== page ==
The US indictment of “Sandworm”, Monkey Vaccine narratives and other repeating stories.
A good liar must be a good listener. Just as fortune-tellers, pro-Kremlin disinformation outlets gauge the audiences' hopes, prejudice and fears.
The profound sense of bitterness and resentment about the past is a core element of pro-Kremlin disinformation. It shapes how both history and present times are portrayed in media loyal to the Kremlin.
Be it Nagorno-Karabakh, MH17 or Belarus, everything is always against Russia.
The disinformation ventilation of last week continues with some defensive pro-Kremlin strategies regarding the Navalny poisoning and protests in Belarus.
Pro-Kremlin pundits, most of them residing in the West, generously offer their expertise in "better ways to kill Navalny", weaponising sarcasm as a means of disinformation.
There are numerous parallels to draw, and the pro-Kremlin media has scrambled in an attempt to draw as many as possible.
Belarusian and Russian state-controlled media have been tweaking and polishing their disinformation narratives, to align them to the same tune.
The pro-Kremlin media is consumed by the fear of freethinking and independent people, so it is busy reducing them to unwitting pawns played by powerful puppet-masters. Blunt force and lies can subdue the protests, but it can never prevail.
The Disinformation Review is EUvsDisinfo’s weekly newsletter. Issued every Thursday, it summarises the main pro-Kremlin disinformation trends observed across the disinfo cases collected throughout the week, and includes our latest news and analysis. It is available in English, Russian, German, French, Italian and Spanish.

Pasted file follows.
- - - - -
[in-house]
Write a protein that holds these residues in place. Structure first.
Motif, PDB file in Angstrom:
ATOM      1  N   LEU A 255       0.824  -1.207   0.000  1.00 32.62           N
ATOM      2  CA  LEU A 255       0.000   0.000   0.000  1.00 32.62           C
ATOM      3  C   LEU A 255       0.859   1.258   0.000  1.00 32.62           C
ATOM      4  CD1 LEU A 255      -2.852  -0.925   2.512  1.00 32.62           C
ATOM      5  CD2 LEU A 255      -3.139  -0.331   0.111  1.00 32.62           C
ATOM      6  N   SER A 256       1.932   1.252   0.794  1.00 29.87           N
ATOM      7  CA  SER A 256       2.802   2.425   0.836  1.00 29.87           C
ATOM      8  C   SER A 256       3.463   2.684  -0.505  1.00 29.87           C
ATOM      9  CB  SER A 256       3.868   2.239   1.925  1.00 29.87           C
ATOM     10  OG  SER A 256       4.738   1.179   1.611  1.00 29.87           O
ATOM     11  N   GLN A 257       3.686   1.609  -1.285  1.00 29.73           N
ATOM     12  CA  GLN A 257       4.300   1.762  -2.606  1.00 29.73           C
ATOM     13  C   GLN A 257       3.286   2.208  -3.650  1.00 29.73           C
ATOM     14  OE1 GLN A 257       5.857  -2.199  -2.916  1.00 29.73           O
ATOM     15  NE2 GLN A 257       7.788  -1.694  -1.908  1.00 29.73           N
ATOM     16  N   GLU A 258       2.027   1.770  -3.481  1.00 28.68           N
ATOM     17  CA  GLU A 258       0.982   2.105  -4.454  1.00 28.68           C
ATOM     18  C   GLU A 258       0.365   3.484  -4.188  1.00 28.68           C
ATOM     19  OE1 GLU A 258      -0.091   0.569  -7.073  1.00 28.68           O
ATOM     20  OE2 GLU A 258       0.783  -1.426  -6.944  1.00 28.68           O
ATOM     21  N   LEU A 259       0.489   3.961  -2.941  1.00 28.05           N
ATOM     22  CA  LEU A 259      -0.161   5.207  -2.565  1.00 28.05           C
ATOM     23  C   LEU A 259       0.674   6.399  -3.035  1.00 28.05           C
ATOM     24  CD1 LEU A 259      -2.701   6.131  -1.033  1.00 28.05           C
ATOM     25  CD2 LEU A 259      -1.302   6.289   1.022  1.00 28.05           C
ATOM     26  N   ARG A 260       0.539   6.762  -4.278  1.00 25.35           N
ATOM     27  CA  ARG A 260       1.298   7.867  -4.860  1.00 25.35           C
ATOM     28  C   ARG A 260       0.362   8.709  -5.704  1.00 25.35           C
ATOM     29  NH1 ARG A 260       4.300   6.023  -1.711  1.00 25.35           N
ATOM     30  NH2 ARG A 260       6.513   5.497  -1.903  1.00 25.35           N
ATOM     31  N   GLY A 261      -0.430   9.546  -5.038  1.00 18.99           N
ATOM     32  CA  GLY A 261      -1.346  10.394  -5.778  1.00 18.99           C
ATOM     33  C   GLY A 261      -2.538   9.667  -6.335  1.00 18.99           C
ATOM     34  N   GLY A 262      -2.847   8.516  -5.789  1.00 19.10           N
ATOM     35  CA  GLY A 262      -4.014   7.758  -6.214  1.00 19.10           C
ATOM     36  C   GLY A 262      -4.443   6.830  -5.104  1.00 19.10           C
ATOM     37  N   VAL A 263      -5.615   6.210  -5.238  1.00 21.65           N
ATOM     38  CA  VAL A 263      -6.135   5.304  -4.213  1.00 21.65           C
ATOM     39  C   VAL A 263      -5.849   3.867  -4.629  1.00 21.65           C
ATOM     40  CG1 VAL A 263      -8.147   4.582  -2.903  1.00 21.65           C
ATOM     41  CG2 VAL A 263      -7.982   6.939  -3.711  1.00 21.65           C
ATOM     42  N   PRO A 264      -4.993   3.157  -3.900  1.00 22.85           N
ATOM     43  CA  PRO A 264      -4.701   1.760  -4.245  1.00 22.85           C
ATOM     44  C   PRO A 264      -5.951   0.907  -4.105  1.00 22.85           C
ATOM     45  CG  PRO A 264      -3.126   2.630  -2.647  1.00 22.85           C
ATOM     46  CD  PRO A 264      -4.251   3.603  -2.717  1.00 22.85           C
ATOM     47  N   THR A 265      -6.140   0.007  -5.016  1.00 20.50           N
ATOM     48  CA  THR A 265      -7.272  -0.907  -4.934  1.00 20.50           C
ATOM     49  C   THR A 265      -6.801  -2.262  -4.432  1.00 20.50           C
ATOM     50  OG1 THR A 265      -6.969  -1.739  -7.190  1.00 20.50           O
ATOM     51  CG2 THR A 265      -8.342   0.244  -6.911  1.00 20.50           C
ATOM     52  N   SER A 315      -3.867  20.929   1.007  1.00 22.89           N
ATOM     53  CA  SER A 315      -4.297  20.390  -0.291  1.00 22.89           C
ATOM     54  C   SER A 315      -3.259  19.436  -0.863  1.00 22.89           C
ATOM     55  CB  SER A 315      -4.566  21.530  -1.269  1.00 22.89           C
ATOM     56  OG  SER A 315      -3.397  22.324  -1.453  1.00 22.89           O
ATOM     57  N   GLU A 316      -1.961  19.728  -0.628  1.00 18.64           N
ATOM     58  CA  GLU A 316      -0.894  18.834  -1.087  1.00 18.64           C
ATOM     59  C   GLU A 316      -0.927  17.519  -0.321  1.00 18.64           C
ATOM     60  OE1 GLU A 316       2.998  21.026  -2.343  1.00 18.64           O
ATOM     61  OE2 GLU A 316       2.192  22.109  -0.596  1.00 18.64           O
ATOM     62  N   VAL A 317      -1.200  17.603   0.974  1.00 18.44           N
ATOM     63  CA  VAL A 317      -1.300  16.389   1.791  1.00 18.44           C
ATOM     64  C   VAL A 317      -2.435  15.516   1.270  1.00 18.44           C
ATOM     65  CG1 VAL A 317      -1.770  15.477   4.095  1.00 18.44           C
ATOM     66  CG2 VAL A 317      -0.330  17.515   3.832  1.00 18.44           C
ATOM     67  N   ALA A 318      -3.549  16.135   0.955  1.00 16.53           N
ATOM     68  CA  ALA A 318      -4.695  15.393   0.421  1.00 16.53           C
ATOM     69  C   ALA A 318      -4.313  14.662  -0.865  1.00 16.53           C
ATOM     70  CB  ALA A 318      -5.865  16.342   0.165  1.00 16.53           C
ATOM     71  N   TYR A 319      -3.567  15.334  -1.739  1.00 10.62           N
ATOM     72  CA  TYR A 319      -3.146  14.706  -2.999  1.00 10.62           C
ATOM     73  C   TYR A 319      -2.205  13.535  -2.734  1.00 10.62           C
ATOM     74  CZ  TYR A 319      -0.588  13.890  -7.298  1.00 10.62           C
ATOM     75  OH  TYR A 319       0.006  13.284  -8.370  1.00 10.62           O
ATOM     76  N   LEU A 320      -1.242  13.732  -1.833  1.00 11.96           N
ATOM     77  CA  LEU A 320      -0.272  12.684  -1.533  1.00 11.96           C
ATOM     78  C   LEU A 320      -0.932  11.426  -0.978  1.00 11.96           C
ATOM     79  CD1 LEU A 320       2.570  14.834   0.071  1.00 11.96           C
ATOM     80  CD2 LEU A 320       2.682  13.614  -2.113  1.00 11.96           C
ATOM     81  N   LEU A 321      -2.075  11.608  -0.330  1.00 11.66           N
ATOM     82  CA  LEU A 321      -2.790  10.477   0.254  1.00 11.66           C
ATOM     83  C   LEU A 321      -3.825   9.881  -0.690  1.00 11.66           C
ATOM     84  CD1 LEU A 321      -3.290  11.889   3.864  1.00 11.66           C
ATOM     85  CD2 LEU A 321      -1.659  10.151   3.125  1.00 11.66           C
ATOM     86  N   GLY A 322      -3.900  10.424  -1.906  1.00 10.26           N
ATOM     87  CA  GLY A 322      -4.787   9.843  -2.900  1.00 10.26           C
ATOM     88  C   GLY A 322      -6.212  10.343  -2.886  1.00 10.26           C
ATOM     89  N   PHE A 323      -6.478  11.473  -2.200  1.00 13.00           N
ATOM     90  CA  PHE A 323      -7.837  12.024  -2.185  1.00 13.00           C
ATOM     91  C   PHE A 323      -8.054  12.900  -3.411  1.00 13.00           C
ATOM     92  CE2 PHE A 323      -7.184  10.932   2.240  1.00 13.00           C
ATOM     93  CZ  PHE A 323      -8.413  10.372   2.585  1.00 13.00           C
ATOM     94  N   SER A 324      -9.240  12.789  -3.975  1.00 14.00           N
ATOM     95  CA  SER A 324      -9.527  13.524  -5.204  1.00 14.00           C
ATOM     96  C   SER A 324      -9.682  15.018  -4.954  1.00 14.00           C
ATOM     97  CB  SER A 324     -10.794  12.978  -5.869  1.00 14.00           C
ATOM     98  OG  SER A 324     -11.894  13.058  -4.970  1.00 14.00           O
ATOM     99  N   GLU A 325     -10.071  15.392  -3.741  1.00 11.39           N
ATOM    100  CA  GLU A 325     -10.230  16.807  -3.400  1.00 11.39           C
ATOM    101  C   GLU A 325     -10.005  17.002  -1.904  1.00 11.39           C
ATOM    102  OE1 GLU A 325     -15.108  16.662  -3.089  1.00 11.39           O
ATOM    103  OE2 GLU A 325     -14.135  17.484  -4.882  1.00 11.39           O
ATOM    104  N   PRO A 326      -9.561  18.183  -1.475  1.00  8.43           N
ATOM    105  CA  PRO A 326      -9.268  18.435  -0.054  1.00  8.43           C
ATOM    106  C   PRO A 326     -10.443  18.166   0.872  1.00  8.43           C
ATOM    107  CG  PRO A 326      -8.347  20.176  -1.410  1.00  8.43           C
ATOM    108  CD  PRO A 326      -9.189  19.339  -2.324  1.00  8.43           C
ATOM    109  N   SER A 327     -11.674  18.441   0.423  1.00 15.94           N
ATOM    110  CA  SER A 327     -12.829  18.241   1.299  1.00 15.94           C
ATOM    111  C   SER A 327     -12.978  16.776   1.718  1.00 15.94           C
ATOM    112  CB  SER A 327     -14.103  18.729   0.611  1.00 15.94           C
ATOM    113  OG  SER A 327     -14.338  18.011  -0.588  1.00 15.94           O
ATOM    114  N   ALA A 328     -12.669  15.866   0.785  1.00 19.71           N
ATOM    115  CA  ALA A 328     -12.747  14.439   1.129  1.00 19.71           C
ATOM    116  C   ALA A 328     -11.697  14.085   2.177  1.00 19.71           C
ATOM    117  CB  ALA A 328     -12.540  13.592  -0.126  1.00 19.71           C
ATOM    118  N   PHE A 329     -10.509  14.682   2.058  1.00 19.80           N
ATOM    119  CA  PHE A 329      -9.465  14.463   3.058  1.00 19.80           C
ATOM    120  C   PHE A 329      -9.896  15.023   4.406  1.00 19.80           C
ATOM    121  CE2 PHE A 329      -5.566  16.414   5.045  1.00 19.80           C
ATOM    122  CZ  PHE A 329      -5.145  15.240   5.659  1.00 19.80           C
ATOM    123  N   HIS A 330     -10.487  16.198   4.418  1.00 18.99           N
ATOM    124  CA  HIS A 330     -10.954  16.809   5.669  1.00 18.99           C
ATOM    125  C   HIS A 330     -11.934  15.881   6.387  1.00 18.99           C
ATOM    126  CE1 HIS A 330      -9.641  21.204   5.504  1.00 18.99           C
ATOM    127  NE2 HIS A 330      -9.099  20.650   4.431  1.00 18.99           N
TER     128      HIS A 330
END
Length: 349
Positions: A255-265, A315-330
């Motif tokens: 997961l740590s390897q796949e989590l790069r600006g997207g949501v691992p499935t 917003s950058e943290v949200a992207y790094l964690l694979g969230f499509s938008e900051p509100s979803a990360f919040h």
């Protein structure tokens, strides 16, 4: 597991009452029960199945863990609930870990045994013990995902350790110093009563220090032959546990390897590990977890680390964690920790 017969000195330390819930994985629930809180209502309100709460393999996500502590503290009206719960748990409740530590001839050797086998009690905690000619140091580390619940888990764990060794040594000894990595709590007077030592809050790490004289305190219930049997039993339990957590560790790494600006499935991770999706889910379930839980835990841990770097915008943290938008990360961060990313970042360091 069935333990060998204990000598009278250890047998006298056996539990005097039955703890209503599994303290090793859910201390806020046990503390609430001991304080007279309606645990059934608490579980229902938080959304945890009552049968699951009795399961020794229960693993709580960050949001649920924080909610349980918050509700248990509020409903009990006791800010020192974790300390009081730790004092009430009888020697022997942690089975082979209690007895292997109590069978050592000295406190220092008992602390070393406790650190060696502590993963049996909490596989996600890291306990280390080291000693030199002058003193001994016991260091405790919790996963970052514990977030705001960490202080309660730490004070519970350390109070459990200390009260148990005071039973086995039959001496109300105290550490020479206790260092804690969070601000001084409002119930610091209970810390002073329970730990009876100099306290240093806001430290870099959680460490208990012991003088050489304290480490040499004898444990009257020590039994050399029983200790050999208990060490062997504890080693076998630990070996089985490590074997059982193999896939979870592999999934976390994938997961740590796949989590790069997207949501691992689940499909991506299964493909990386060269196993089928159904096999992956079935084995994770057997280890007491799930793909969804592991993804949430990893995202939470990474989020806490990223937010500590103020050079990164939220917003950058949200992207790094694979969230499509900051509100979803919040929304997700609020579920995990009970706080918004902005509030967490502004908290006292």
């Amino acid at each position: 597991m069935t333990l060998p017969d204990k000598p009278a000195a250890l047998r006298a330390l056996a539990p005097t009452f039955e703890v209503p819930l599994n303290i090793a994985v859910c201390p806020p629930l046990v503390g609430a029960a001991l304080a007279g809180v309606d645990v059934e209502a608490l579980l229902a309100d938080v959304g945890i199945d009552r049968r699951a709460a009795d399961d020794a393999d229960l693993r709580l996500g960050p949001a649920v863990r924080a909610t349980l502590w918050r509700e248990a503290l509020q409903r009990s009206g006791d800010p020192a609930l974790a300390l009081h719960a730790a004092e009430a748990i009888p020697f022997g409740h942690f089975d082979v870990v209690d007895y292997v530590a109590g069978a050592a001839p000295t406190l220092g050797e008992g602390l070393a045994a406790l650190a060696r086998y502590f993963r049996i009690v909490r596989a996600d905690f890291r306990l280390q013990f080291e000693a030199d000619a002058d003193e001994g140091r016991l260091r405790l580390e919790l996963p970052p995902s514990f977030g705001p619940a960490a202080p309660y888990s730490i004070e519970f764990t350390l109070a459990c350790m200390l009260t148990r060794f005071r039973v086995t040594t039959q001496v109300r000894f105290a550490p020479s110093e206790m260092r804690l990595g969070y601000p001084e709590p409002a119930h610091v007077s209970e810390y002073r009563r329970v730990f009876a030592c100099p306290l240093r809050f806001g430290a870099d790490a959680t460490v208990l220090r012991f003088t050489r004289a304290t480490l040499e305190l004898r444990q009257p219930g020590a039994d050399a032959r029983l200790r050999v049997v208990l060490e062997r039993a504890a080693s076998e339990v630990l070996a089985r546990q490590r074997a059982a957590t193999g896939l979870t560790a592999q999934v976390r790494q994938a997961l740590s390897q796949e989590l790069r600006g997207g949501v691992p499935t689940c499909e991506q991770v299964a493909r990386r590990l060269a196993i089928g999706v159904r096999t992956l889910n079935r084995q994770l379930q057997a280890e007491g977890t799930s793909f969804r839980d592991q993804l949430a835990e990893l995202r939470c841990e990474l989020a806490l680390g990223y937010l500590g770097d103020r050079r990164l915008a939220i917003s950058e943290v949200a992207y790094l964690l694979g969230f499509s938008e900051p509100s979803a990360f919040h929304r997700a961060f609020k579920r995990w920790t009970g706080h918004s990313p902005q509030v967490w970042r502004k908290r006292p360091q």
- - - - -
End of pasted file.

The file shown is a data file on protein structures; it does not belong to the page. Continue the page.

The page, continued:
Since its launch in November 2015, the Review has tracked the evolution of pro-Kremlin disinformation across a collection of thousands of cases in 18 languages. These cases, together with their disproofs, are contained in our public database – the only searchable, open-source repository of its kind. All issues of the Disinfo Review are also chronologically archived on this page.
While the Review is written specifically for a public audience, it is an important resource for experts and policy makers as well. Over the years, it has been referenced and quoted by political leaders, ministries, think tanks, and journalists throughout Europe and beyond.
What makes a pro-Kremlin disinformation case?
The EUvsDisinfo database is dedicated to identifying and exposing disinformation narratives originating in pro-Kremlin media across the EU and Eastern Partnership countries. As of 2019, our monitoring capabilities also expose disinformation spread in the Western Balkans and the EU’s Southern neighbourhood.
In identifying disinformation cases, we focus on messages that provide a partial, distorted, or false depiction of fact-based reality, in line with established pro-Kremlin narratives. We use two criteria to determine whether a disinformation message is included in the database: 1) the message is verifiably false or misleading, according to the publicly available factual evidence and 2) the message originates in a Kremlin-funded media outlet or other information source that has clear links to the Russian Federation. Due to an EEAS policy change in 2018, we no longer include European outlets in the database. Read more about EUvsDisinfo’s terminology here.
For all media enquiries, please contact the EEAS press team